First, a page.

May 16th, 2020
Author Steve Almond writes: “Although born into affluence, Trump developed a worldview indifferent, or perhaps hostile, to noblesse oblige—the notion, exemplified by the Kennedys—that nobility extends beyond lineage and requires constant compassion for the less fortunate. From early on, Trump favored a social dominance orientation, which describes the sort of person hung up on creating a hierarchy so he can be at the top of it. ‘Narcissistic Darwinism’ might also apply.” Here are a few thoughts on this idea that one with plentiful material comforts is best when they concern themselves with and help the less fortunate:Read More
May 13th, 2020
“I don’t think President Trump reflects any of the values that I learned in the military. I don’t see integrity in him. I don’t see honor. I don’t see courage.”
So says United States Marine, Hunter Henderson. Considering how thin-skinned and vindictive Trump is, it was very courageous for Henderson to “come out of the closet” and speak truth to power.
There is no case that can be made that Donald Trump is honorable, courageous, principled, or good. His proponents might say, “Well, I don’t agree with some of what he says, but I agree with many of his positions.” In the field of ethics that is called the end justifying the means (when the means are dirty or wrong, and the end of those means is supposed to—predicted to—be positive and fruitful.
I like politics, as you probably know. But my business is real estate investing. Here is how character matters in this field:Read More
April 7th, 2020
I just watched the movie 300, based on the graphic novel by Frank Miller. If you haven’t seen it, you may want to go for it. It is bloody; savage even; but it tells a story of solidarity that is compelling in any time and place, but particularly so now that America is facing down a mortal enemy: the virus, COVID-19. This blog is a paean to first responders, doctors, and parents who have to now teach their kids; it is in praise of those who lost a job due to no fault of their own; it is a criticism of the federal government; it is a recounting of some of the tough spots Americans have been in since the tumultuous colonial era which led to war with England. Heroism and self-sacrifice are called for during these dark days.Read More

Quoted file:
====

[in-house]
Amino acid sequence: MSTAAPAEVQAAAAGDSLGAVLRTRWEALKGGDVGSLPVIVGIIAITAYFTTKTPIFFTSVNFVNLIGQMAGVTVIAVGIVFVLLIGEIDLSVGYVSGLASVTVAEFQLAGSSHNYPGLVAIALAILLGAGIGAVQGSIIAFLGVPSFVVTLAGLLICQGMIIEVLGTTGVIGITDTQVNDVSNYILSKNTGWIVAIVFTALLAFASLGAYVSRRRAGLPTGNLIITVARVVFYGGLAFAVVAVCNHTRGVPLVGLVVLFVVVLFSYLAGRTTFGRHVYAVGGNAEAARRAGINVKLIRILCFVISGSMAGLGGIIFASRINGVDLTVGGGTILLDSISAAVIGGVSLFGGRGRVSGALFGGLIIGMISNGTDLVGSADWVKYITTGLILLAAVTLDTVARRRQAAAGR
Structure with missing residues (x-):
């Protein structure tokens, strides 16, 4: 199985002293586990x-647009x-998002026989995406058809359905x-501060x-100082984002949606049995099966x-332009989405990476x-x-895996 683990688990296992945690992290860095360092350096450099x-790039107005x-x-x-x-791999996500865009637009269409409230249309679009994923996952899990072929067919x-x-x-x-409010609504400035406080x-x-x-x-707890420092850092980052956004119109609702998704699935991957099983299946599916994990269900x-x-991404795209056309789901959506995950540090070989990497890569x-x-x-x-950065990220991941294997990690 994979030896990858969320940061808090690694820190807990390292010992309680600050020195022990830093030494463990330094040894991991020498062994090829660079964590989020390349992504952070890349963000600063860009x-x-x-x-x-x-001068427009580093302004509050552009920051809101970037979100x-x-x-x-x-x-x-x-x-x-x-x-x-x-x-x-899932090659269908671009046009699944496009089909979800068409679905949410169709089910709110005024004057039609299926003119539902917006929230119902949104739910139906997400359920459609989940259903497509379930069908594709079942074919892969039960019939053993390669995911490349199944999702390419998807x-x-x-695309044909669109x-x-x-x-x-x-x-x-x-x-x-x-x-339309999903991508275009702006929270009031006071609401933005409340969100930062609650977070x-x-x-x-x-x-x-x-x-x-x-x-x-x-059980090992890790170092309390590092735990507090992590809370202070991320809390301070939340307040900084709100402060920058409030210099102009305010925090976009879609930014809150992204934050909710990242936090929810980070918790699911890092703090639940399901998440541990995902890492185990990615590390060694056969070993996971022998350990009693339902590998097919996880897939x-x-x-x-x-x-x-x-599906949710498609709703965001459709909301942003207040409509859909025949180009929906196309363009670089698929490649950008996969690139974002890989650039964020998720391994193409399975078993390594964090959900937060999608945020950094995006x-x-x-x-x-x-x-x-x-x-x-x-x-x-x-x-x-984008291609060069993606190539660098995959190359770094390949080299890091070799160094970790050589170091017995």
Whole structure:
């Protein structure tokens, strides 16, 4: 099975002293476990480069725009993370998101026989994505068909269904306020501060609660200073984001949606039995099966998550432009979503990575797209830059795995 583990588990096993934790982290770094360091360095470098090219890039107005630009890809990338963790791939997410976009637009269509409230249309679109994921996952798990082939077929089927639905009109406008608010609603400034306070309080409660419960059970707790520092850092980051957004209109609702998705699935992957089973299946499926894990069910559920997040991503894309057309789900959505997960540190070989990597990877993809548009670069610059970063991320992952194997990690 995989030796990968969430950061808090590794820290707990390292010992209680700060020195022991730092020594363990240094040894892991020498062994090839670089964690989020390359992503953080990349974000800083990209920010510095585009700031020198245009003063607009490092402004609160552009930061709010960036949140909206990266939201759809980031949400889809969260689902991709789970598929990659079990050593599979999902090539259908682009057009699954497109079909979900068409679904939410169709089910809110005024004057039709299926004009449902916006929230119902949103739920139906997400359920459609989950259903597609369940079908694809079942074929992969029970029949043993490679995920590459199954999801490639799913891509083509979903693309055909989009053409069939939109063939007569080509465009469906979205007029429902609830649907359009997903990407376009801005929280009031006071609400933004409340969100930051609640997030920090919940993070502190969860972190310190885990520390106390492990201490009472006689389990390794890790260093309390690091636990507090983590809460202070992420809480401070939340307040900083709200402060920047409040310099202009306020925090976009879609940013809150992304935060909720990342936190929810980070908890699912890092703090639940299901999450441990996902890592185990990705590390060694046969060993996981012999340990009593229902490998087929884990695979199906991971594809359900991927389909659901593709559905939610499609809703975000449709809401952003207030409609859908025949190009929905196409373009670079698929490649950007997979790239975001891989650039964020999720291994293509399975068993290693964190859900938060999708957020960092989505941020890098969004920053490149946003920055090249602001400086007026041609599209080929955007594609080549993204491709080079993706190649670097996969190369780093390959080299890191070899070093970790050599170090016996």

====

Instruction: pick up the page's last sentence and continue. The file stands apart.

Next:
March 9th, 2020
David Leonhardt of the New York Times, says this about Joe Biden: “As happened with McCain in 2008, a large share of primary voters this year weren’t wowed by any of the candidates. They instead were waiting for one to emerge — especially one who seemed likely to beat President Trump. I don’t think it was inevitable that Biden would be that candidate, especially after his weak start. But after Sherrod Brown and Mitch Landrieu didn’t run, after Michael Bloomberg entered the race late, after Cory Booker and Kamala Harris dropped out and after every other candidate failed to appeal to black voters, Biden was the one left standing. Many voters have found their way back to him.” He might not have been the most able candidate from the beginning, but with Bernie failing to really catalyze a winning combination of huge voter turnout, minority support, and suburban appeal, Biden is the man African-American, older, and many Hispanic voters are choosing to accomplish the most important goal conceivable: send Donald Trump back to his gilded towers of dark magic and usher in an era that is both progressive and harkens back to the largely-successful Obama years. Biden’s coup on “Super Tuesday” was reminiscent of the mythical boxer and “comeback kid”, Rocky Balboa. Here is a brief synopsis of the virtue and character that many see in Biden’s glorious victory.Read More